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Sunday, January 29, 2023
HomeOpinionAt the celebrity cemetery in Paris, nature wins the attention of visitors

At the celebrity cemetery in Paris, nature wins the attention of visitors

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Dry leaves rustled under Benoît Gallot’s footsteps as he traversed the rough terrain. Stopping near laurel and elderberry bushes, he brushed aside the foliage to reveal a crumbling stone colonnade. A parakeet, perched in a nearby tree, sang.

It felt like a scene deep in one of France’s lush forests — but it was inside one of the most visited cemeteries in the world, the Père-Lachaise, nestled between busy avenues in eastern Paris.

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The cemetery has long been known as the final resting place of celebrated artists including Jim Morrison, Oscar Wilde and Édith Piaf. But in recent years it has also become a haven for the city’s flora and fauna. Foxes and owls are among the many animals that call it home.

“Nature is regaining its rights,” said Gallot, the cemetery’s curator, who is responsible for maintaining the grounds and allocating graves, as he continued his walk among headstones surrounded by vines and weeds.

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The greening of the necropolis stems from a plan created a decade ago to eliminate pesticides and transform the cemetery into one of the green lungs of Paris, as the dense capital redesigns its urban landscape to make it more environmentally friendly in the face of rising temperatures.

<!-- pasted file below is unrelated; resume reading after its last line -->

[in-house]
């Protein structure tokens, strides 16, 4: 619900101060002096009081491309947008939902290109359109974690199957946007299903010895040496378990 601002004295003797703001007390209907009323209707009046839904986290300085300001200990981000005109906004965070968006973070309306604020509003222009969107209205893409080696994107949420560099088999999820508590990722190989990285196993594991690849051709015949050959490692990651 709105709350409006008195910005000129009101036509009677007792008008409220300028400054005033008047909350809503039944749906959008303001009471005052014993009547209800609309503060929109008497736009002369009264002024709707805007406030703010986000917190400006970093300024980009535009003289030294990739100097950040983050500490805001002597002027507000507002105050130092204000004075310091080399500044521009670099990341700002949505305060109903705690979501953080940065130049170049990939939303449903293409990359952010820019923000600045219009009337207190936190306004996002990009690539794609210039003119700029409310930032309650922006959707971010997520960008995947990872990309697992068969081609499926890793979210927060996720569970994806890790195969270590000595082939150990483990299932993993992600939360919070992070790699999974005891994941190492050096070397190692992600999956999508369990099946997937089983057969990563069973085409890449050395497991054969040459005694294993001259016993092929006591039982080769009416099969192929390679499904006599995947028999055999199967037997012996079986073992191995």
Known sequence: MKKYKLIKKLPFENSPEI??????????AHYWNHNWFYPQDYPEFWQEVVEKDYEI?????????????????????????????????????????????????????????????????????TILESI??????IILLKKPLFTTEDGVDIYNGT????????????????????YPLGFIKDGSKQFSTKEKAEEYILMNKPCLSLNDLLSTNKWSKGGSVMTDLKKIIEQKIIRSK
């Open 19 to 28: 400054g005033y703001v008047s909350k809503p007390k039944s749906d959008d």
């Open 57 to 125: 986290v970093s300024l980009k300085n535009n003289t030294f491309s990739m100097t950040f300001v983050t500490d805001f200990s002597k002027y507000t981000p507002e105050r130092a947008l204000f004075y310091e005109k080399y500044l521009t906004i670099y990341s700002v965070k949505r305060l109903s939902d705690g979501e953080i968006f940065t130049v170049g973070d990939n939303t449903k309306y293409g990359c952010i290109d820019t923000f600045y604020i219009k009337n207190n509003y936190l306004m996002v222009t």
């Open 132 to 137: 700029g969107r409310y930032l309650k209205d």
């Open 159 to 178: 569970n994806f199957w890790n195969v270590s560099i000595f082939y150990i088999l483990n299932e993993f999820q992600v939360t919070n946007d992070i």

By encouraging wildlife in a place dedicated to the dead, these initiatives also provoked a small revolution in the customs of French cemeteries.

“We’ve done a complete turnaround,” Gallot said. Père-Lachaise shows that “the living and the dead can coexist,” she added.

Inaugurated in 1804, the 44-hectare cemetery –named after Louis XIV’s confessor, Reverend François de La Chaise d’Aix– is located on a hill overlooking the center of Paris. Their oldest tombstones stood alongside trees and plants in a park-like setting.

As the site’s reputation grew, however, its lush vegetation declined. First was the arrival of the alleged remains of playwright Molière and poet Jean de La Fontaine, transferred in 1817, prompting Parisians to want to claim their own final resting places near the illustrious residents. Sculpted vaults and chapels sprouted from the uneven terrain of the cemetery, taking out bits of wildlife.

Today some 1.3 million people, including Proust, Chopin and Sarah Bernhardt, are buried there, a number equal to about half the living population of Paris.

Then, in the second half of the last century, nature retreated further as a result of intense weeding operations. Unlike northern and central Europe — such as Britain and Austria, where tombstones are scattered across verdant landscapes — France and other Latin countries prefer austere, stony cemeteries, according to Bertrand Beyern, a guide and cemetery historian.

“The smallest flower had to be eliminated,” said Jean-Claude Lévêque, the cemetery’s gardener since 1983. He recalled that several times a year, he and others dumped gallons of pesticide on the cemeteries. “It was the ‘golf course’ mentality.”